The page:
Following the Alaskan model
The Port Gamble S’Klallam Tribe in Washington state recently implemented a Hygiene Therapist to provide quality care and bridge the gap and expand access to care to the local tribal members. Alaska has displayed a working model that has been proving itself successful over the past 10 years and now the lower forty-eight states are able to develop and follow the model. DHATs recruited by the tribe and are trained in conjunction with Ilisagvik College in Alaska, with the understanding they will return to the tribe to provide quality care for its members.
There are 562 federally recognized tribes in the United States; 229 tribes are located in Alaska. Over 4 million people within the United States are American Indian/Native American, which roughly translates to 1.5% of the population. Within the Native American communities, 2.4 million live in counties with a dental health-care shortage, and nearly one-third are children.
In a 2014 oral health survey, it was discovered that by age 5 nearly 76% of the American Indian population has experienced dental decay, which is disheartening number. As care providers we are well aware of the oral-systemic link with prevention and early treatment being important. Life threatening conditions such as diabetes and heart disease increase the risk of periodontal disease and likewise the conditions are harder to control if oral disease is rampant. Having a dental therapist on site to provide care and education may decrease risk factors, and in turn increase the quality of life.
Role of teledentistry
The emergence of teledentistry can make the access to care even easier that it was just five years ago. We now have a way to provide care and get a diagnosis often without the physical presence of a dentist to diagnose. Teledentistry can have different elements of care using x-ray images and intraoral photos in addition to an evaluation. An intraoral camera is one of the best tools for both education of the patient and as a point of reference and diagnosis.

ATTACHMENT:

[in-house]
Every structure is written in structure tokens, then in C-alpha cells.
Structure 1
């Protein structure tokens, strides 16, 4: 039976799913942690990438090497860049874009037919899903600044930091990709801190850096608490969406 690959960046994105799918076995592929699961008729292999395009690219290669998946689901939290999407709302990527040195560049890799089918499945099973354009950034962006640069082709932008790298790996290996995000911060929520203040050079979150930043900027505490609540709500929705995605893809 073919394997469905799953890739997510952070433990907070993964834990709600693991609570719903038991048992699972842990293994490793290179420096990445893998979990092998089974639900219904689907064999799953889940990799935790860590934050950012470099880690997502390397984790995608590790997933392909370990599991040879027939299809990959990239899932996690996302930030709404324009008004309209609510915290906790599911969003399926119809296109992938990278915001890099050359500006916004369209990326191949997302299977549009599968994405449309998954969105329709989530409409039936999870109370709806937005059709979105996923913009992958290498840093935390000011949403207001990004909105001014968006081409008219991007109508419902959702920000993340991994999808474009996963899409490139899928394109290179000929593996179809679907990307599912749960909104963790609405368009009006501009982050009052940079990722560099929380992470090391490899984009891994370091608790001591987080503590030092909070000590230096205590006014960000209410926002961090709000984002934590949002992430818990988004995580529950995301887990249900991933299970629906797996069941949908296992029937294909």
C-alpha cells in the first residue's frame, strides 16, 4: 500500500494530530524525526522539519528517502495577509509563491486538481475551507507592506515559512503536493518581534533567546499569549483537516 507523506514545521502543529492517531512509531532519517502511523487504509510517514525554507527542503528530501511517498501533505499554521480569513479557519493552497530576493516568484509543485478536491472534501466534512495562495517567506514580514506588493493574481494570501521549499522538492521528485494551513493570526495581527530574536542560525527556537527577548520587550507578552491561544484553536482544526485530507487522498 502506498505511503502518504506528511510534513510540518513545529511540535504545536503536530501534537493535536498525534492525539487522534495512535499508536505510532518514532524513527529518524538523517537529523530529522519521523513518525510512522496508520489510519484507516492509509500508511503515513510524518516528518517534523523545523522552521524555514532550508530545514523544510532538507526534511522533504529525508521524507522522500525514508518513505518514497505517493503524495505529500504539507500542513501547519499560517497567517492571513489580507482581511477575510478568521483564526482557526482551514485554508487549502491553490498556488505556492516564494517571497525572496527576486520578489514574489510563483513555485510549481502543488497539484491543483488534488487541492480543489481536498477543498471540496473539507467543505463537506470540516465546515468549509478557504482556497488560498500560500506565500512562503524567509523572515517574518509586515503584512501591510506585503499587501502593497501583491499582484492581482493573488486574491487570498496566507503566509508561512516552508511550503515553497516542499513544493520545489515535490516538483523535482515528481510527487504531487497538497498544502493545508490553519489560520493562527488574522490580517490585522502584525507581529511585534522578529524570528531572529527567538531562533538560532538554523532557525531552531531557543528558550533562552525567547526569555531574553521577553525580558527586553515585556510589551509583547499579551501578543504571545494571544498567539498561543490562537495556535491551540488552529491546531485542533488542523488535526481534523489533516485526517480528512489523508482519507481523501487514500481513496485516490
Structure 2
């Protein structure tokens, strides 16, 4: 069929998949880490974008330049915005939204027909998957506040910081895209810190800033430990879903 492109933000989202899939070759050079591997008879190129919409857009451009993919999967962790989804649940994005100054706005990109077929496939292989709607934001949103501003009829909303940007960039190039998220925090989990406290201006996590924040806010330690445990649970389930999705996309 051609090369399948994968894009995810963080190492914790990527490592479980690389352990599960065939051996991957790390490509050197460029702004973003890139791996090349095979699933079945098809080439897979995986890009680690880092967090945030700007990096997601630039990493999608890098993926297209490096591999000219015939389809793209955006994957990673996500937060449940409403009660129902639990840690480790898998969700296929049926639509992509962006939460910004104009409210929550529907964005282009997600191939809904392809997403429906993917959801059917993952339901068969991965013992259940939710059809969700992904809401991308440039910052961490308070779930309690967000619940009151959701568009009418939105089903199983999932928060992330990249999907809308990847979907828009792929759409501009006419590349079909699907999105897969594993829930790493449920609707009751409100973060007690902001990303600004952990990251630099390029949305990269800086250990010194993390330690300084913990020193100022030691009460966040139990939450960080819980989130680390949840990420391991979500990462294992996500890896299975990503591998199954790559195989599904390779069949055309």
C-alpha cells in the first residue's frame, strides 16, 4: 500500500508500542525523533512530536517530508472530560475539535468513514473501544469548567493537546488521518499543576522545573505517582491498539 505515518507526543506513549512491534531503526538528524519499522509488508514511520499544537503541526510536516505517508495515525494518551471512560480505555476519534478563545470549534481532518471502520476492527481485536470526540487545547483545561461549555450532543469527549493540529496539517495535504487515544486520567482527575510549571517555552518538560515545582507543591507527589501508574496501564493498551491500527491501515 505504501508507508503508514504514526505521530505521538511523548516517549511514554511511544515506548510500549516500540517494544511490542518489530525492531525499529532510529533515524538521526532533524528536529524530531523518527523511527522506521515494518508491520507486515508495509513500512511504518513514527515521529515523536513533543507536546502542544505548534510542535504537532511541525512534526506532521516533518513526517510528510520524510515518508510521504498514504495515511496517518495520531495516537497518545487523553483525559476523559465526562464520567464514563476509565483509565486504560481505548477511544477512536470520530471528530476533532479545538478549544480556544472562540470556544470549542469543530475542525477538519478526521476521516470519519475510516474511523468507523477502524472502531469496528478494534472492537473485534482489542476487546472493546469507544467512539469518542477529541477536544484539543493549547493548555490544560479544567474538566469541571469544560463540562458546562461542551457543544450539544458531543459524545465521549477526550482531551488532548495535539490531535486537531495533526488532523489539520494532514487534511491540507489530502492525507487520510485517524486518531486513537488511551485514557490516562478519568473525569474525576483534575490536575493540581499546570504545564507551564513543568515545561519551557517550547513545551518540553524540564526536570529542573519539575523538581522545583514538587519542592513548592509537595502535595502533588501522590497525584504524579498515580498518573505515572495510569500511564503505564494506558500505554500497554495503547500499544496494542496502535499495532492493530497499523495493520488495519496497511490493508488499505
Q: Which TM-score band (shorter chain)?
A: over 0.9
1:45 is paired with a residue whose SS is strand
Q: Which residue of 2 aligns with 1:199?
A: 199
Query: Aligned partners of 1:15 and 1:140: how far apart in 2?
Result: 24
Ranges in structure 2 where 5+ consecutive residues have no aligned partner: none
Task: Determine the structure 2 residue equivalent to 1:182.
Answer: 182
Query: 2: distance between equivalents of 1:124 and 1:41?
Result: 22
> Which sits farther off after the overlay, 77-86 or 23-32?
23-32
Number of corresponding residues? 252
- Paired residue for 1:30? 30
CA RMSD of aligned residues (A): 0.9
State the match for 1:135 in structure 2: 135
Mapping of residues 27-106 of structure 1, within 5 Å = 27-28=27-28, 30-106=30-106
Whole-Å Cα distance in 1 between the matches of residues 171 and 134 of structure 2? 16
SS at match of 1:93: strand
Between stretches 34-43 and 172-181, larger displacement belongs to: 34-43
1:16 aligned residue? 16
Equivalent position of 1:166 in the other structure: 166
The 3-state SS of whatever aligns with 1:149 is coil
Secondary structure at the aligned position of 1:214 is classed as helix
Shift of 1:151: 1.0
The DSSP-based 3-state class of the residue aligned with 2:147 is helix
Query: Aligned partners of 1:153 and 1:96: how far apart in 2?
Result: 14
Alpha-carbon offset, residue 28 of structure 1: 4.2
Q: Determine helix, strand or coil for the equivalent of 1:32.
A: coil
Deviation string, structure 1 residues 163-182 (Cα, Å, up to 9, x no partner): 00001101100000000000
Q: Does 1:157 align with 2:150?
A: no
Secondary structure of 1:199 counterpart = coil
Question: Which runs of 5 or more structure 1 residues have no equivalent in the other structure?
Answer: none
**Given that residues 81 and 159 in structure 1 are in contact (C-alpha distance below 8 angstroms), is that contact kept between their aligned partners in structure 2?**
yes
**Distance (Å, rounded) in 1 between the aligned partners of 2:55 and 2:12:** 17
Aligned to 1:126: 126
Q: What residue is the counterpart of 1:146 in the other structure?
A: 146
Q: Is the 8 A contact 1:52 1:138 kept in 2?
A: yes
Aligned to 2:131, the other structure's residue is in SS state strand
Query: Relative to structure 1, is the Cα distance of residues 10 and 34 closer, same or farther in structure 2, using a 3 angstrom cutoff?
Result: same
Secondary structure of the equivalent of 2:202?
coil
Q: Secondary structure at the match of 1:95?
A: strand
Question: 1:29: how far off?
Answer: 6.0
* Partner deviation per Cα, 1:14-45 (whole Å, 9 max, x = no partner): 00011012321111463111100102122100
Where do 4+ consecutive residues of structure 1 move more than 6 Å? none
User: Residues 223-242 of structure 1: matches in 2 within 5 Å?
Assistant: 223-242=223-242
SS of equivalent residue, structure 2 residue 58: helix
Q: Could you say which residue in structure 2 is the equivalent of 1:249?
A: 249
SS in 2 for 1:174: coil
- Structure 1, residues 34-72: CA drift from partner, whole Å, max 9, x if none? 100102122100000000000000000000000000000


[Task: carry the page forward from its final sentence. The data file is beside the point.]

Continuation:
The face of dental care is changing and how we are treating patients as a society is progressing, the medical and dental communities need to continue to integrate care together.
Growing up in small town Oregon and having a tribal reservation on the edge of town has given me the perspective to see how often many of the families struggle to make ends meet. Putting food on the table and heat in the house comes before any medical and dental care. The model that provides hygiene therapists to tribal communities and underserved areas of our country provides a much needed opportunity for hygienists to serve some of our countries most at risk residents.
Jamie Collins, RDH, CDA, is a clinical practicing hygienist in Idaho and Washington states. She has been in the dental field for nearly 20 years, both as an assistant and hygienist. With a passion for patient care, especially those with higher risk factors, Jamie enjoys sharing the tips and tricks of dental profession through speaking and writing. In addition to clinical practice Jamie is also an educator, has contributed to multiple textbooks and curriculum development, and contributes as a key opinion leader. Jamie can be contacted at [email protected].